View Only

PowerVC 1.3.3 SDN Demo - YouTube transcript

By Archive User posted Thu January 18, 2018 03:40 PM

A PowerVC customer was unable to access YouTube and requested a transcript of the video. The following is a written transcript of the narration from this video --

Video Title: PowerVC 1.3.3 SDN Demo

Video Description:

A demo of the Software Defined Networking (SDN) features available in PowerVC 1.3.3.

For further info on PowerVC SDN, visit:

IBM PowerVC Knowledge Center
SDN Blog Post

Video transcript:
Hello everybody, today we're going to look at the Software Defined Networking, or SDN, functions available in PowerVC 1.3.3. SDN was first introduced in PowerVC during the 1.3.2 release in December of 2016, at that time it was a "tech preview" which meant it wasn't intended for production use yet, and there was no way to upgrade into or out of the tech preview. We're excited to announce that starting with PowerVC 1.3.3, SDN is now fully supported as an important part of the product, and is ready for use in production environments.

Let's start by reviewing what we mean when we say SDN, since this term can refer to a lot different things.

To understand SDN, lets talk about the world before SDN, before virtualization. In this world, we had long running workloads tied to exactly one system. Because of this assumption, network rules could be added to the switch that plugged directly into the server. When virtualization was brought into the picture, we ended up with many VMs on a single system, and VMs can move around as they are migrated from server to server. Because of this we can't set switch rules anymore, and as VM density grows we stop focusing on traffic rules, and focus instead just on making sure the VMs all have the connectivity they need.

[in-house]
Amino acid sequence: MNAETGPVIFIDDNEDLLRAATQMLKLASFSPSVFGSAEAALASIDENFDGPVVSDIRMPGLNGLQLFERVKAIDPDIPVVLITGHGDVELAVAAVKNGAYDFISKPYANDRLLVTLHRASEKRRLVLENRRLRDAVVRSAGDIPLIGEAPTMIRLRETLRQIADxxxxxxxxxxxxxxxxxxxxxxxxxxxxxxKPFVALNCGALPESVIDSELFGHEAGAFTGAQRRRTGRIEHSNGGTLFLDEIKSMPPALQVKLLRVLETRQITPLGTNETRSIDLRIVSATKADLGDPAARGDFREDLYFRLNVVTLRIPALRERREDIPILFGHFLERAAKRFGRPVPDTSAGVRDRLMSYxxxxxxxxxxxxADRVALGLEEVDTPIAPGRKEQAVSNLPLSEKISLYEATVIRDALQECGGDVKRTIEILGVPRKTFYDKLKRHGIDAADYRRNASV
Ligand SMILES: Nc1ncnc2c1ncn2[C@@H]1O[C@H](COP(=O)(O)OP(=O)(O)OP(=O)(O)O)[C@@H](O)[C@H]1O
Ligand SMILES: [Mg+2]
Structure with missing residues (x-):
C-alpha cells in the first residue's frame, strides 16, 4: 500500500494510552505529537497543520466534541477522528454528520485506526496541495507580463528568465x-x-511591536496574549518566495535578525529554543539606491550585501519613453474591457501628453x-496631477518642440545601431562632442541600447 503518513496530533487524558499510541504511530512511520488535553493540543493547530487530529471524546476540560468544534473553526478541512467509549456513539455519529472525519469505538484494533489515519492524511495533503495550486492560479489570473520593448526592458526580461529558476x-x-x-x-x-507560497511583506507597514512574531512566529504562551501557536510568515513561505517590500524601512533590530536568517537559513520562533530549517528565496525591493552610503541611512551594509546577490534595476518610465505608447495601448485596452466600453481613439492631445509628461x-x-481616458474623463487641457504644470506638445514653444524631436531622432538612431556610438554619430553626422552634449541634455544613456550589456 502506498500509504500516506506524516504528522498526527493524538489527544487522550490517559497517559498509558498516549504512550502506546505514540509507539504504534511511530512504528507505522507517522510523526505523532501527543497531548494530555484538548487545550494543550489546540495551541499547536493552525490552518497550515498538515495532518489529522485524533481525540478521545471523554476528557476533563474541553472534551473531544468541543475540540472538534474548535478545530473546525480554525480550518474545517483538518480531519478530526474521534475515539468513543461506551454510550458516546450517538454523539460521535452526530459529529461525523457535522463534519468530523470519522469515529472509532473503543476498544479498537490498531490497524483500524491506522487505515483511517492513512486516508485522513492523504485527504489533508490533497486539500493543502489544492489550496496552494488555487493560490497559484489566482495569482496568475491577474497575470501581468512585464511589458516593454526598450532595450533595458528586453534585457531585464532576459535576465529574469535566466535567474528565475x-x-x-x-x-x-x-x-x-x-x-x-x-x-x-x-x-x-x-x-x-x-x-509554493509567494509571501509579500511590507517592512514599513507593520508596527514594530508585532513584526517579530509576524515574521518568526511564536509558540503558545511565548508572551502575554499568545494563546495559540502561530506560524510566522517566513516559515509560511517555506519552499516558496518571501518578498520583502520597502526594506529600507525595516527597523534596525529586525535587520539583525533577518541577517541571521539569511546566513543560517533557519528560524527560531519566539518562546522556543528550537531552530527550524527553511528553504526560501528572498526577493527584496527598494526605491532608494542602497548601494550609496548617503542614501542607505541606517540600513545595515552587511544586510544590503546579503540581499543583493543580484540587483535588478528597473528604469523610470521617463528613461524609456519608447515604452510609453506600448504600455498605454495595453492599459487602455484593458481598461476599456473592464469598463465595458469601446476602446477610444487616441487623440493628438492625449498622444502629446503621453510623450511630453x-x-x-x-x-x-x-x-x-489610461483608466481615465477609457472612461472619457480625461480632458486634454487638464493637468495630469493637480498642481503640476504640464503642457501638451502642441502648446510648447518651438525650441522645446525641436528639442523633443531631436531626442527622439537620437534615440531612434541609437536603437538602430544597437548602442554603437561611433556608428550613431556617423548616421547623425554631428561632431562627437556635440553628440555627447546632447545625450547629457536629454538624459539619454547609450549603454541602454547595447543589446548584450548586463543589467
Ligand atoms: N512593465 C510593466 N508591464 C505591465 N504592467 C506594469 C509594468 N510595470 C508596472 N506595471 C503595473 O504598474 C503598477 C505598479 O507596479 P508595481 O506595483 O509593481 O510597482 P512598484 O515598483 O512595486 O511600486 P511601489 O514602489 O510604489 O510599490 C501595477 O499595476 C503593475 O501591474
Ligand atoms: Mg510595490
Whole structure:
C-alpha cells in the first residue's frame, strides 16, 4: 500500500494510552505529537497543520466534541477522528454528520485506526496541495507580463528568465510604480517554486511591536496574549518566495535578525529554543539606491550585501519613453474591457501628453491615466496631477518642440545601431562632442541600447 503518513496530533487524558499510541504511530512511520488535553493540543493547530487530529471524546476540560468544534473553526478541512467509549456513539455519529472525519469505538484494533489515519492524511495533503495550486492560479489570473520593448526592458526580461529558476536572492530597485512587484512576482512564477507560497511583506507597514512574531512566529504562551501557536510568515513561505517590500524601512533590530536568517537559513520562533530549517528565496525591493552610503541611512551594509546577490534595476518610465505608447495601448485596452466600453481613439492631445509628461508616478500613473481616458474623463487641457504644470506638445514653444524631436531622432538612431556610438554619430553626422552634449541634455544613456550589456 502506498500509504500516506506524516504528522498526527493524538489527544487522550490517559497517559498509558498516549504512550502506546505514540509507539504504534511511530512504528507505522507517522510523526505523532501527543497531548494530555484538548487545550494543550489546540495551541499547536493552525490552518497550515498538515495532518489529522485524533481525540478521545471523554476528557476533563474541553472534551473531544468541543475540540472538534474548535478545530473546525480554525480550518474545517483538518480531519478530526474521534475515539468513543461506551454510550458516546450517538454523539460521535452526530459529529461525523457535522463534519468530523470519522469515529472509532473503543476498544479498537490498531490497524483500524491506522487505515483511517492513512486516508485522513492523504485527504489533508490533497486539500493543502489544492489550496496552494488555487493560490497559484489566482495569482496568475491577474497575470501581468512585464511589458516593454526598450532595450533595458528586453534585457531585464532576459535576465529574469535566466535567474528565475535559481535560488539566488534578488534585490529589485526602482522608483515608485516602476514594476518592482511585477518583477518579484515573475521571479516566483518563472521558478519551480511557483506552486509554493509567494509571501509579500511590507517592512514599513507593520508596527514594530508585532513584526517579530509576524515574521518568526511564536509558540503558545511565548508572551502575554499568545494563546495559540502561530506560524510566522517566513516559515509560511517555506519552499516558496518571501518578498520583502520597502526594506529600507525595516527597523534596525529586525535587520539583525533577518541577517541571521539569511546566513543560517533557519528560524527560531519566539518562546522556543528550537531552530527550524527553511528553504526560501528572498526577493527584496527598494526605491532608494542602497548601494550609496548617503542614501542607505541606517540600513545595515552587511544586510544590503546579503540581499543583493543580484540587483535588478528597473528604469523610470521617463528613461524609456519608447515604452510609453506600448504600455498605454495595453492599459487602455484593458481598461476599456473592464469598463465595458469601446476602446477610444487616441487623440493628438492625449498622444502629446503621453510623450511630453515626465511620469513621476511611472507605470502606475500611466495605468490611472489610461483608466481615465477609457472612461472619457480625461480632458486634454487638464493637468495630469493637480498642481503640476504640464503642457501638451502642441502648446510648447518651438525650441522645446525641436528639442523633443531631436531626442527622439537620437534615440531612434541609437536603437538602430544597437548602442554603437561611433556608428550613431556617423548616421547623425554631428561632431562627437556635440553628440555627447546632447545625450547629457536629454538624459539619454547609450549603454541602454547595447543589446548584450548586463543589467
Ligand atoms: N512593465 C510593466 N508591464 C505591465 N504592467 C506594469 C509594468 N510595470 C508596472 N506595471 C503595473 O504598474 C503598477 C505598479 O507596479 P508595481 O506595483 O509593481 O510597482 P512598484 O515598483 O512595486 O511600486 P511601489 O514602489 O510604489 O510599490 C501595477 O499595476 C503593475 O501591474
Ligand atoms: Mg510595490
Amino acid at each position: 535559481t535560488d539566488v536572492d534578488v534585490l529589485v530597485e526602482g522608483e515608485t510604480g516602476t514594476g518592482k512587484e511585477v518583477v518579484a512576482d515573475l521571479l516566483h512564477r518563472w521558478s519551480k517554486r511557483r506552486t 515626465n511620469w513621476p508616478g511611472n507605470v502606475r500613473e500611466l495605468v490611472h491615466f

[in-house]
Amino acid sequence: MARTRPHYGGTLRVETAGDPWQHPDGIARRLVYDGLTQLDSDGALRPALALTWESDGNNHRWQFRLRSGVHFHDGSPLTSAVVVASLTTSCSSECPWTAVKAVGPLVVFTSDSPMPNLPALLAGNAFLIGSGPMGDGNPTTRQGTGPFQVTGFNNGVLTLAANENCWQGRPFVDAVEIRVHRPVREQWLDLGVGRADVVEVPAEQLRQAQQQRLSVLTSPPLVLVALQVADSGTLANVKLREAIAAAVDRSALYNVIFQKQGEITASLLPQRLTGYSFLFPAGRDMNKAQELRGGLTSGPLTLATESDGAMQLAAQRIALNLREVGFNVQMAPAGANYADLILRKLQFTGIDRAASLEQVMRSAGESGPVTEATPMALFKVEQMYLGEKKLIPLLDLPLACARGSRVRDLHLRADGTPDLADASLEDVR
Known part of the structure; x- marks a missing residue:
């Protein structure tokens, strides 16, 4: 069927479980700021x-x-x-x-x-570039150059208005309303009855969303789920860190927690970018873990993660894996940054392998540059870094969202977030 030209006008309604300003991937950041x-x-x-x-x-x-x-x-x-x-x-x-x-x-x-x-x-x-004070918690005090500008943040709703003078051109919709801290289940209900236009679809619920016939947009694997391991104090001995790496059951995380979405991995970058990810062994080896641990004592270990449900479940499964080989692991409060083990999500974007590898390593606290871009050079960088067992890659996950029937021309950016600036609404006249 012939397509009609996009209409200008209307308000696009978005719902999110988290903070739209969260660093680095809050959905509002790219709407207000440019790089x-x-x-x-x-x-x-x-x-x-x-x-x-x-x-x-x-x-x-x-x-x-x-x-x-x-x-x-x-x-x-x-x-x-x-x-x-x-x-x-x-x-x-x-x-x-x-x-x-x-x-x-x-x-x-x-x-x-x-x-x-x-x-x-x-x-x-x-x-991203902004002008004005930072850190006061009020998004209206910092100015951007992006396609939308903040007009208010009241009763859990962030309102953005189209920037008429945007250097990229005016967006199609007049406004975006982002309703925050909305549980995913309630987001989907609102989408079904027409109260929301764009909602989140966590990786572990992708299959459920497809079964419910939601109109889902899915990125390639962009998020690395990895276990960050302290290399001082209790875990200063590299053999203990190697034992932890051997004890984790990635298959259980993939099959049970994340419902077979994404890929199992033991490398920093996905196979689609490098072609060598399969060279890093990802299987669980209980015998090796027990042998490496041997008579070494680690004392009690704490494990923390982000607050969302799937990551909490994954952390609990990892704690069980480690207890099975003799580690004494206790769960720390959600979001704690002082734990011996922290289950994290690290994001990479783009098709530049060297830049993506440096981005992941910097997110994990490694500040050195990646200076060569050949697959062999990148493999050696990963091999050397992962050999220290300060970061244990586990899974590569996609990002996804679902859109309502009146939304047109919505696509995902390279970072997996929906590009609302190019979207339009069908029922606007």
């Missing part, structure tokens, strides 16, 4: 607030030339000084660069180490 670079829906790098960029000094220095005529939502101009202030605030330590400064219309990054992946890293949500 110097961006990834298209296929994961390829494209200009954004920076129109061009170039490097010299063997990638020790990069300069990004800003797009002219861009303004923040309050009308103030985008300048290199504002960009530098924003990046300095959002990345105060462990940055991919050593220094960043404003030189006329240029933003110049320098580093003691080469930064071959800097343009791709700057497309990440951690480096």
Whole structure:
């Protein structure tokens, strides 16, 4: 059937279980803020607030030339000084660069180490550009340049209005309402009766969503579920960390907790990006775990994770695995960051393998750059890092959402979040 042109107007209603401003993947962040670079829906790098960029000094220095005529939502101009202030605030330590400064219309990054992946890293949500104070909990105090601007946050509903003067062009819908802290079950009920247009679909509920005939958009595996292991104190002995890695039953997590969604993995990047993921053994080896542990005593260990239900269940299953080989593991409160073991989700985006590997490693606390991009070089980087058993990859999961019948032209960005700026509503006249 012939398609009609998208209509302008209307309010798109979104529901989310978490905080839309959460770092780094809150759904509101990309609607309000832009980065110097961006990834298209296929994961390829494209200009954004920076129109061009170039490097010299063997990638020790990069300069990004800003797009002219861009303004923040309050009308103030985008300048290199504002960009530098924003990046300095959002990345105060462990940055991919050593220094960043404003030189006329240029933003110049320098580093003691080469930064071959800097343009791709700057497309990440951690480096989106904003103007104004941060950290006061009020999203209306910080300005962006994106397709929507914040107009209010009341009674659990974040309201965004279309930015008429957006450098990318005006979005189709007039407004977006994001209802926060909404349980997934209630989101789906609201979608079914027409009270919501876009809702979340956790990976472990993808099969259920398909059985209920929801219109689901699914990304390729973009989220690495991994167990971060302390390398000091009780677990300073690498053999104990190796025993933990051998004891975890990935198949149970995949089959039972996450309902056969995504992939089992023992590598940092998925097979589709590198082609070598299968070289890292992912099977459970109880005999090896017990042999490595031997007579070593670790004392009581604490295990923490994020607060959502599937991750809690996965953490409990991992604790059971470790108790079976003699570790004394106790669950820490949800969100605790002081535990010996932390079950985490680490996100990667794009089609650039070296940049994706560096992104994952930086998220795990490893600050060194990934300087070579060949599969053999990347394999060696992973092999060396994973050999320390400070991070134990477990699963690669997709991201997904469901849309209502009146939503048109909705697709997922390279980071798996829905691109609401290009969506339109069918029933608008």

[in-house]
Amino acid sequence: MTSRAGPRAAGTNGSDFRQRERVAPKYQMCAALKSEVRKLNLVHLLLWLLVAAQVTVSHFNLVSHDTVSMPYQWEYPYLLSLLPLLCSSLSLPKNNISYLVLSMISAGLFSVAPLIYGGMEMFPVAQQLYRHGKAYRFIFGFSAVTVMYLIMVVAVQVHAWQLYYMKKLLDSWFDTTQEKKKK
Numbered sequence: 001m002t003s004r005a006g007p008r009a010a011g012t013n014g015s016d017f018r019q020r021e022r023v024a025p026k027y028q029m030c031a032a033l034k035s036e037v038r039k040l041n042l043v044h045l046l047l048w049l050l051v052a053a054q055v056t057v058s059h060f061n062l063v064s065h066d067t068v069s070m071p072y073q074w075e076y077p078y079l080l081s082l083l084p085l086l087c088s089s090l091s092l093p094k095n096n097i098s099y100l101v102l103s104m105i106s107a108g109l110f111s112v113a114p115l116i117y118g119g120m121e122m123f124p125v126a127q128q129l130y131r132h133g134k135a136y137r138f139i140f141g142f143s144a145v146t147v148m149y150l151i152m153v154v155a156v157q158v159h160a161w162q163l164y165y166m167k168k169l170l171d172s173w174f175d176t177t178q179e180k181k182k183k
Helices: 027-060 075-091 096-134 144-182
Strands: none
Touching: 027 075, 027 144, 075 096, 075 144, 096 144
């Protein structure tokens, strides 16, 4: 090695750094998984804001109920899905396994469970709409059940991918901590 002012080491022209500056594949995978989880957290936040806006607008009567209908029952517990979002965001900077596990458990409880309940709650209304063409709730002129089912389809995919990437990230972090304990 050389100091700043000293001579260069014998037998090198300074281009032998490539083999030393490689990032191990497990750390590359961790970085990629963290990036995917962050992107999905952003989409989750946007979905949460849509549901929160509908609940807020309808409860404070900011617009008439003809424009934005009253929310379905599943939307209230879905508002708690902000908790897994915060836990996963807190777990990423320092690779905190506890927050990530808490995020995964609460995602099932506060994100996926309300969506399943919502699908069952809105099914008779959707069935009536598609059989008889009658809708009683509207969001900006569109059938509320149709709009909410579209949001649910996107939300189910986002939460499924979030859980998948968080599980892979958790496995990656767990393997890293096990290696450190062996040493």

The goal with SDN is to bring that control back. We want to be able to modify workload networking without modifying physical switches.

Key Benefits of SDN:
-quality: control throughput of workload
-automation: thousands of VMs with policy based management, rules applied quickly
-capacity: add additional network capacity to remove bottle necks
-speed: rules applied immediately throughout the network
-security: control whether workloads can talk to each other, restrict ports or IP addresses

Our SDN solution requires three main pieces: a programmable switch, a Level 3 gateway/router, and a controller. The programmable virtual switch sits in the Novalink partition. Any inter-partition communication just goes through the vswitch, and never needs to leave the system. The vswitch has rules applied to it by the controller, and the controller is PowerVC. The controller has high level policies in it, it works with vswitch to "compile" rules and apply them to enforce things like overlay traffic.

The final piece is the router. Since we're virtualizing the network, certain traffic will go into the overlay network, so we need something to put that traffic on the public wide area network, and that's the virtual router.

The SDN use cases we're supporting in PowerVC 1.3.3 are overlay networks, which is basically a network on a network. The specific technology we're supporting for overlay networks is called VXLAN. To enable these overlay networks, we are also supporting virtual routers which will run on network nodes, and external IP addresses. We'll look more at these during the demo.

To demonstrate the SDN function, let's use PowerVC to build an environment where we have 10 web servers and 2 load balancers all communicating on a private overlay network, and then configure just the load balancers with external IP addresses so they can be accessed by the public network.